Jake Peavy’s Second Act

Photo by Matthew Coughlin

The pitcher’s mound at Yankee Stadium can feel like the loneliest place in the world. It’s a feeling Jake Peavy knows in his bones. A Mobile native and one of the most decorated professional athletes to ever come out of the Azalea City, Peavy wasn’t immune to the slings and arrows that come with being a big-league hurler, despite his many accolades. It’s midsummer, and we’re talking with the former pitcher in the mixing room at Dauphin Street Sound, the state-of-the-art studio in downtown Mobile that he and a team of local talent opened back in 2016.

Peavy is waxing about his days in the big leagues and what got him hooked on music in the first place. After winning titles with the Giants and Red Sox, the two-time World Series Champion retired from the game in 2016 after a 15-year professional career, but in his jeans and T-shirt, he still appears to be in fighting shape.  

“So here’s a picture of me going to Yankee Stadium and getting my butt kicked by the Yankees,” he continues with some animation. Peavy is a passionate storyteller; in fact, it’s clear after spending more than 10 minutes with him that he’s passionate about most anything he does. And while baseball may be a team sport, pitching is a solo act, and music became a way for him to unwind after three hours of hyper-focused intensity that, in the moment, felt like a matter of life and death. “It’s lonely on the mound, and it’s lonely with the press afterwards. It sucks leaving the stadium, getting on the bus, and then getting off the bus. And the last thing you’re going to do when you get to your hotel room is flip on the television and watch the sports channels and highlights.”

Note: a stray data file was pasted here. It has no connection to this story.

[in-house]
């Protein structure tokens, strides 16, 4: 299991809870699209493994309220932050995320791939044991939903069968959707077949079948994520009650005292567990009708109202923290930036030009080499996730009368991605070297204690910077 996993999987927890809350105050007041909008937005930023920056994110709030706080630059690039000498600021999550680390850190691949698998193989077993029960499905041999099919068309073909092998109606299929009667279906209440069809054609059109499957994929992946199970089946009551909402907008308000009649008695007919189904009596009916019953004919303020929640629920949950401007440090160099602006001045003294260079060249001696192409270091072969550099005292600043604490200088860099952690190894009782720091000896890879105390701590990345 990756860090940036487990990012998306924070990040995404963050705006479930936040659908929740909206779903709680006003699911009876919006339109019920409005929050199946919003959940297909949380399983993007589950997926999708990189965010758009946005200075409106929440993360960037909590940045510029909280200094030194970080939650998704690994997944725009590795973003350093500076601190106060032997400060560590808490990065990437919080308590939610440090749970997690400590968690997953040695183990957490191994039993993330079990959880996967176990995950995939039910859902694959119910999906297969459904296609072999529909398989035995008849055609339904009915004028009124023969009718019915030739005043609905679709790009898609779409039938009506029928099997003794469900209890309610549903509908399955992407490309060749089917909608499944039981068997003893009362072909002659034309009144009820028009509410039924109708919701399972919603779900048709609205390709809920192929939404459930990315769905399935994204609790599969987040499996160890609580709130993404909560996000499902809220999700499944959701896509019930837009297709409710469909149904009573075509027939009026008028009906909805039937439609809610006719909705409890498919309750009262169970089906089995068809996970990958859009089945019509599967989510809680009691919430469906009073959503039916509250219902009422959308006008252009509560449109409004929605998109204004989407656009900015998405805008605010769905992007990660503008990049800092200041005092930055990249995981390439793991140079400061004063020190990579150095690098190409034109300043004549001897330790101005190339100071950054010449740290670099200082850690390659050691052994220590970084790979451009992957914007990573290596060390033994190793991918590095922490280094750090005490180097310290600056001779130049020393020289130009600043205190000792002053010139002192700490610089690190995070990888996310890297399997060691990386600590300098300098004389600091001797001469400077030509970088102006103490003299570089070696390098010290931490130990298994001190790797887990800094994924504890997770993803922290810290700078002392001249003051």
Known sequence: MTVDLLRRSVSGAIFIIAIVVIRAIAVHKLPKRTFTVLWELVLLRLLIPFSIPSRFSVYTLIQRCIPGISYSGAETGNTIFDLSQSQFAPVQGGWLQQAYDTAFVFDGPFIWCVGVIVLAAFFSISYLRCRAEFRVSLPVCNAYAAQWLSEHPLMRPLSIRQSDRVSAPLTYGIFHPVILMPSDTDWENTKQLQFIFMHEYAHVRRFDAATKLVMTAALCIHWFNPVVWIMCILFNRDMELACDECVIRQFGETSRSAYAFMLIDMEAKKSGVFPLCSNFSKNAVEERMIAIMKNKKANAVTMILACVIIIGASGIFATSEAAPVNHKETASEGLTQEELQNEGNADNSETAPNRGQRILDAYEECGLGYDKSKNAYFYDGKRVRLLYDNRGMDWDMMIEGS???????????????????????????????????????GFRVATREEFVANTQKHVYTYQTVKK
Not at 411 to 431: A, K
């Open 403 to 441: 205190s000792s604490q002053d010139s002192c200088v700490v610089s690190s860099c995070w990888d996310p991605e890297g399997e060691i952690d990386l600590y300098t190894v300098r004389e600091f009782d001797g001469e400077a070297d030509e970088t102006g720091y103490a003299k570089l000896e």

When Peavy first got called up in 2002, most of his teammates were 10, 15, 20 years older than him. He couldn’t go out to bars with the team, so he ended up spending a lot of time in his room by himself. It was in this scenario that the St. Paul’s alumnus found a creative outlet through music. Padres third-base coach Tim Flannery liked to pick country tunes in the hotel stairwell after games, and it was Flannery who gave Peavy his first six-string. “I could sit in there, play that guitar and not think about how I got my ass kicked,” he laughs.

Read the full story at Mobile Bay Magazine here.

Published by

Caine O'Rear

Caine O'Rear is a writer and editor based in Mobile, Alabama. He is the former editor in chief of American Songwriter Magazine. Follow him at www.instagram.com/caineorear.

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